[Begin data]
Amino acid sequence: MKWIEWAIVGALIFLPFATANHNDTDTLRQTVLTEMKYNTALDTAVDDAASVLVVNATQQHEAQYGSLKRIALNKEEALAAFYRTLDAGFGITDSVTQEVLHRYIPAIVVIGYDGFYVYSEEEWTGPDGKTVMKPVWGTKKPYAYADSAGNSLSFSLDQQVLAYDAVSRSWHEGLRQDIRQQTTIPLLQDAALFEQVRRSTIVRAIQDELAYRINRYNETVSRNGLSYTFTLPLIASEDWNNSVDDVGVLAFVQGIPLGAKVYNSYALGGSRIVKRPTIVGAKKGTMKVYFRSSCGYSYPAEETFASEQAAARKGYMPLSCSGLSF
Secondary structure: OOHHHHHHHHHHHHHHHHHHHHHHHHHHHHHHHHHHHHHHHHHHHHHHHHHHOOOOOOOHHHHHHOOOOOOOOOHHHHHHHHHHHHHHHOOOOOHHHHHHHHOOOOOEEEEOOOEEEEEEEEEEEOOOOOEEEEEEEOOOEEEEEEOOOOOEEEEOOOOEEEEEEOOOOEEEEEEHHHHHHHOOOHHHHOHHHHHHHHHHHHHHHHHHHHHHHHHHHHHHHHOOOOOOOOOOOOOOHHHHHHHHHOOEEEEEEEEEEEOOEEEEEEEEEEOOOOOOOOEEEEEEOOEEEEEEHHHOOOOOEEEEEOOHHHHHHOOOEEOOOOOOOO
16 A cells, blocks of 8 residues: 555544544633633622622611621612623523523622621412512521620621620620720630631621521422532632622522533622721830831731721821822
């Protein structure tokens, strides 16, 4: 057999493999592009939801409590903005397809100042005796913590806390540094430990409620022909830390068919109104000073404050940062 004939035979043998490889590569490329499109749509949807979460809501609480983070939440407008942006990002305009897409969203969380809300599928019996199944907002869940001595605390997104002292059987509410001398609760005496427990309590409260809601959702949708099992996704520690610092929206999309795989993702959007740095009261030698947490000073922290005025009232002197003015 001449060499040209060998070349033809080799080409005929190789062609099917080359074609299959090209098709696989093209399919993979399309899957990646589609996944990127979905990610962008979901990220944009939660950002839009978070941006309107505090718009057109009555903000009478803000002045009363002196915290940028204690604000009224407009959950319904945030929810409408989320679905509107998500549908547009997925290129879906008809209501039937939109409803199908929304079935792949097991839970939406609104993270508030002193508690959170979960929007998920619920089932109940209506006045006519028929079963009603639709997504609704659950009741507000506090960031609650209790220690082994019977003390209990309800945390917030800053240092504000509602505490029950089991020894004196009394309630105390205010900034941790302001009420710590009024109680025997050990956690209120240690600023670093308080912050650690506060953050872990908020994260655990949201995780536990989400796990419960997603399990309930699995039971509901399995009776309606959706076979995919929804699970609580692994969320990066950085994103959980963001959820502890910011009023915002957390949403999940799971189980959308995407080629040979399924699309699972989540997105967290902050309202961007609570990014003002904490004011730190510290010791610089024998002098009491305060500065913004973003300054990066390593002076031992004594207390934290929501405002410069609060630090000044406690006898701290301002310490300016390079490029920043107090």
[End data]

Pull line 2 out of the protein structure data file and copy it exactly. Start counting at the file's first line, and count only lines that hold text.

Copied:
Secondary structure: OOHHHHHHHHHHHHHHHHHHHHHHHHHHHHHHHHHHHHHHHHHHHHHHHHHHOOOOOOOHHHHHHOOOOOOOOOHHHHHHHHHHHHHHHOOOOOHHHHHHHHOOOOOEEEEOOOEEEEEEEEEEEOOOOOEEEEEEEOOOEEEEEEOOOOOEEEEOOOOEEEEEEOOOOEEEEEEHHHHHHHOOOHHHHOHHHHHHHHHHHHHHHHHHHHHHHHHHHHHHHHOOOOOOOOOOOOOOHHHHHHHHHOOEEEEEEEEEEEOOEEEEEEEEEEOOOOOOOOEEEEEEOOEEEEEEHHHOOOOOEEEEEOOHHHHHHOOOEEOOOOOOOO